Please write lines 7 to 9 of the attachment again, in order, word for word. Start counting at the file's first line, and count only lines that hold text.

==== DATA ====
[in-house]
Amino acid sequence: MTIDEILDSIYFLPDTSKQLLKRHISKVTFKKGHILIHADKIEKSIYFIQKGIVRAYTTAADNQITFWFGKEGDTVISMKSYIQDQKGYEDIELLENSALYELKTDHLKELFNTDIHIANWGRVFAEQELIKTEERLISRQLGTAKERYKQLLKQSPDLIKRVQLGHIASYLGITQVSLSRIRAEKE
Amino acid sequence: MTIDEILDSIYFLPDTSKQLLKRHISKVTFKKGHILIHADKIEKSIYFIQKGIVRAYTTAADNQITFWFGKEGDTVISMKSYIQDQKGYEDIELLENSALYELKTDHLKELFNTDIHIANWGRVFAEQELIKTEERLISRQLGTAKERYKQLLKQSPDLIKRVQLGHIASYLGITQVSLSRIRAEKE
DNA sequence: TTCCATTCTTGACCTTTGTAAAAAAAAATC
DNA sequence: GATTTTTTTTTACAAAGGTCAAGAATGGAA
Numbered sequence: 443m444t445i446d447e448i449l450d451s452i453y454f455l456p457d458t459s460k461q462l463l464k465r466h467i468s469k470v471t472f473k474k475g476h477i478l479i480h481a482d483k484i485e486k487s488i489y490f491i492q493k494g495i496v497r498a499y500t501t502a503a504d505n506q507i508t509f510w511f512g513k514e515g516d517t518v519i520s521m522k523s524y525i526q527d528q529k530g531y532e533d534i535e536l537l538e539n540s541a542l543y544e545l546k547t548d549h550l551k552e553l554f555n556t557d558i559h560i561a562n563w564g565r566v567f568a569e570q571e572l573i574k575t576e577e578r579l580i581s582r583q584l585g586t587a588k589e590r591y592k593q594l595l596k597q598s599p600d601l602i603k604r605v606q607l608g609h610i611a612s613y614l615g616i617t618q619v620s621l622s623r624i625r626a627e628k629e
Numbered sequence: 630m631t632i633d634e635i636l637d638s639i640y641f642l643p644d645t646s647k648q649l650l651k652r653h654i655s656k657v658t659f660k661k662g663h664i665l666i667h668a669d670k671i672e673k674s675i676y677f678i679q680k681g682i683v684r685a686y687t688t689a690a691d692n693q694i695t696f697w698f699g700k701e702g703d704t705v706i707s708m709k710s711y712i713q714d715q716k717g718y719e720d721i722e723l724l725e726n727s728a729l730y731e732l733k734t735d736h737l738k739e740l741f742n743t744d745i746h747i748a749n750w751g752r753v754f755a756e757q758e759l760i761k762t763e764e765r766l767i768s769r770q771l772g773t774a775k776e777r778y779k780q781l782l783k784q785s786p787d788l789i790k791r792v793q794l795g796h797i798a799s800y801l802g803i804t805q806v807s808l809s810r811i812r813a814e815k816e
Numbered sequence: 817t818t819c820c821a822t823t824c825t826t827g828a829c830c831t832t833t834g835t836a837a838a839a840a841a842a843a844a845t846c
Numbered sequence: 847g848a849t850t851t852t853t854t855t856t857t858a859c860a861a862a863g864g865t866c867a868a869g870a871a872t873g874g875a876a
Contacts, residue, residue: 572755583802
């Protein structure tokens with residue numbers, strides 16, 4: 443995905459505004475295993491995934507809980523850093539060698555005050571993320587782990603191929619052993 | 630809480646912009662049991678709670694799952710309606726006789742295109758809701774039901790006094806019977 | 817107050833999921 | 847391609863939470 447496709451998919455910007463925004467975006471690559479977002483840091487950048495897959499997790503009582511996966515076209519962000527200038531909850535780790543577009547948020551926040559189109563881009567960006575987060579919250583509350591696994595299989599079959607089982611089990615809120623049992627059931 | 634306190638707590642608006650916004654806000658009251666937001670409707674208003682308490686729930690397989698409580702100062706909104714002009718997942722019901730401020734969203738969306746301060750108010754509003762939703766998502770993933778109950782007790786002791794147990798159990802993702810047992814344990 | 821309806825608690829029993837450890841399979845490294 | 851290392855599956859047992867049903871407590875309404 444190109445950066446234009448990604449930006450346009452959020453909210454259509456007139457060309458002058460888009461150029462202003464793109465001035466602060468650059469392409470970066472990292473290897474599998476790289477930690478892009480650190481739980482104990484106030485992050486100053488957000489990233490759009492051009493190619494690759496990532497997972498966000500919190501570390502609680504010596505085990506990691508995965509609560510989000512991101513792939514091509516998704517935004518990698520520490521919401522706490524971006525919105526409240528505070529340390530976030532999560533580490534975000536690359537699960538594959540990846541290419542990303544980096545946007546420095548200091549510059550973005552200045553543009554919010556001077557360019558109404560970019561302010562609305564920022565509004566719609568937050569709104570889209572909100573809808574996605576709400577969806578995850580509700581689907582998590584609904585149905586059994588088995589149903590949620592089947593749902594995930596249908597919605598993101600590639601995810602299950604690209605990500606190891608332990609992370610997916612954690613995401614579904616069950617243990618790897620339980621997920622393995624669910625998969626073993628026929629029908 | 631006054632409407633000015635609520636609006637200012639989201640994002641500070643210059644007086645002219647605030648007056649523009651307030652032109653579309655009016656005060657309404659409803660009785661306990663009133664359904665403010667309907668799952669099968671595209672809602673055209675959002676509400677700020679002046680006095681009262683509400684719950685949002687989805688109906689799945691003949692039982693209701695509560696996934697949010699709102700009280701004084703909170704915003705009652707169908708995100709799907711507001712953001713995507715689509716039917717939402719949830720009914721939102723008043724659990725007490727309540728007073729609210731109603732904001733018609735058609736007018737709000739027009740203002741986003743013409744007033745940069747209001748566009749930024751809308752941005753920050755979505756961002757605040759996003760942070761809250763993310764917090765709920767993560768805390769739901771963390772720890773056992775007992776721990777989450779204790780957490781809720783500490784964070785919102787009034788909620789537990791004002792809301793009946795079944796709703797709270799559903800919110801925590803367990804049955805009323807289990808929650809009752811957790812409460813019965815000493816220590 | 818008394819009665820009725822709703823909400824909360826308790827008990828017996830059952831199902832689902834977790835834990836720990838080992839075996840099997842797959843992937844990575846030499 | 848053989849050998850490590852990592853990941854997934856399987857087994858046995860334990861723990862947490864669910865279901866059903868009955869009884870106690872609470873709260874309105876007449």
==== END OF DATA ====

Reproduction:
Numbered sequence: 630m631t632i633d634e635i636l637d638s639i640y641f642l643p644d645t646s647k648q649l650l651k652r653h654i655s656k657v658t659f660k661k662g663h664i665l666i667h668a669d670k671i672e673k674s675i676y677f678i679q680k681g682i683v684r685a686y687t688t689a690a691d692n693q694i695t696f697w698f699g700k701e702g703d704t705v706i707s708m709k710s711y712i713q714d715q716k717g718y719e720d721i722e723l724l725e726n727s728a729l730y731e732l733k734t735d736h737l738k739e740l741f742n743t744d745i746h747i748a749n750w751g752r753v754f755a756e757q758e759l760i761k762t763e764e765r766l767i768s769r770q771l772g773t774a775k776e777r778y779k780q781l782l783k784q785s786p787d788l789i790k791r792v793q794l795g796h797i798a799s800y801l802g803i804t805q806v807s808l809s810r811i812r813a814e815k816e
Numbered sequence: 817t818t819c820c821a822t823t824c825t826t827g828a829c830c831t832t833t834g835t836a837a838a839a840a841a842a843a844a845t846c
Numbered sequence: 847g848a849t850t851t852t853t854t855t856t857t858a859c860a861a862a863g864g865t866c867a868a869g870a871a872t873g874g875a876a